James F. Mahoney, Attorney

March 2012

Employer Liability for "Off Duty" Crashes Due to Cell Phone Use

Employers may be held accountable for the negligent acts of employees committed in the course of employment

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Although only a few high-profile cases have been publicized, employers should be concerned that they might be held liable for accidents caused by their employees who are driving their own vehicles and conducting work-related conversations on cell phones.

In one case, International Paper Co. paid a $5.2 million settlement to a woman who was rear-ended by one of its employees. The employee was driving a company car and talking on a company cell phone at the time of the accident. The settlement was reached even though the employee had violated her company’s policy of requiring the use of hands-free headsets while driving.

Under the doctrine of vicarious liability, employers may be held accountable for the negligent acts of employees committed in the course of employment. It will not matter if it’s a company car or company cell phone:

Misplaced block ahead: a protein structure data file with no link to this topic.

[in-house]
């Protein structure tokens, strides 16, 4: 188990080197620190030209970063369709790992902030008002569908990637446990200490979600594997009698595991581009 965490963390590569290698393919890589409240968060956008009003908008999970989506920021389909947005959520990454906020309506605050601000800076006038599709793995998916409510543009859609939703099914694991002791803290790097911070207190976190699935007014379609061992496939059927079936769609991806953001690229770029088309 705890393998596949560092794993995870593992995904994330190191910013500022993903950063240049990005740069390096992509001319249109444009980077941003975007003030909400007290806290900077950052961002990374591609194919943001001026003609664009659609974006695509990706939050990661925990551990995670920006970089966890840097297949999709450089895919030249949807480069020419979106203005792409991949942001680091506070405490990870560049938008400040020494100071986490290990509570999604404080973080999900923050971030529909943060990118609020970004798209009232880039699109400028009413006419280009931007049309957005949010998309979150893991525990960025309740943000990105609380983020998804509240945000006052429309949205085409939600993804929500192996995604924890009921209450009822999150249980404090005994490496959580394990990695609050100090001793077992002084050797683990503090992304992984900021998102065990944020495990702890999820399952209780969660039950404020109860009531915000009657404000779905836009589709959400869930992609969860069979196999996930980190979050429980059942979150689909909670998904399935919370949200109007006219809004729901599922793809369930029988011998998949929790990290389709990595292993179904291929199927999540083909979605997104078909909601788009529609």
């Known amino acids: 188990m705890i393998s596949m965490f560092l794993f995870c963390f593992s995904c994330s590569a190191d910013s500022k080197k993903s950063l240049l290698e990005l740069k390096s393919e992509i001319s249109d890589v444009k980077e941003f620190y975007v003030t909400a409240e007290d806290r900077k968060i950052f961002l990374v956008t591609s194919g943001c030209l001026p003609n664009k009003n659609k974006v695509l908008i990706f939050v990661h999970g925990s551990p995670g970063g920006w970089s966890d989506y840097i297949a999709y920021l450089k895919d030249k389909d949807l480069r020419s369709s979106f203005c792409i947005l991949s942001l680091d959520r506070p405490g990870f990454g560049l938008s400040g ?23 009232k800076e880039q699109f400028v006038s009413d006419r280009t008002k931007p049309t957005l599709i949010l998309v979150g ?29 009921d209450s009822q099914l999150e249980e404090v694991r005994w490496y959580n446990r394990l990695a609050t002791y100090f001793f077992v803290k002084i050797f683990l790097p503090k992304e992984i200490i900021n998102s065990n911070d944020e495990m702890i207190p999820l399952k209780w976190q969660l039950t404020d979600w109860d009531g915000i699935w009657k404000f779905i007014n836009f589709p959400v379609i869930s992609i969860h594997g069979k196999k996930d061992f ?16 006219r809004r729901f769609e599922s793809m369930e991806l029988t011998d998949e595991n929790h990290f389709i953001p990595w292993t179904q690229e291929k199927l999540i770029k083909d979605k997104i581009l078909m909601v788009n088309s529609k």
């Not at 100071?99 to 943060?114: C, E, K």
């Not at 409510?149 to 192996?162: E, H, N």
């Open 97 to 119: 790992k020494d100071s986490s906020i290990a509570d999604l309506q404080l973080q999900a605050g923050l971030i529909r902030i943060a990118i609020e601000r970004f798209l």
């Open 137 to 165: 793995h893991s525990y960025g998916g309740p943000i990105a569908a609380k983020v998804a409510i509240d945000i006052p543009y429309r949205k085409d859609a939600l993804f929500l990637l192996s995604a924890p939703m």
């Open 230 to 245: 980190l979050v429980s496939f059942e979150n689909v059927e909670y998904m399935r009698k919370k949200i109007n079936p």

• Employers may also be found negligent if they fail to put in place a policy for the safe use of cell phones. You need a cell phone policy in your employee handbook. Practically speaking, you need a cell phone and texting policy that requires employees to pull off the road before conducting business by cell phone.

  • As to texting, a study by the Highway Loss Data Institute found that texting bans may not reduce crash rates. It’s been reported recently that 18 percent of drivers in the U.S. admitted texting while driving in the last 30 days. This includes 31 percent of drivers age 16 to 24, 41 percent of drivers age 25 to 39 and 5 percent of drivers 55 and older.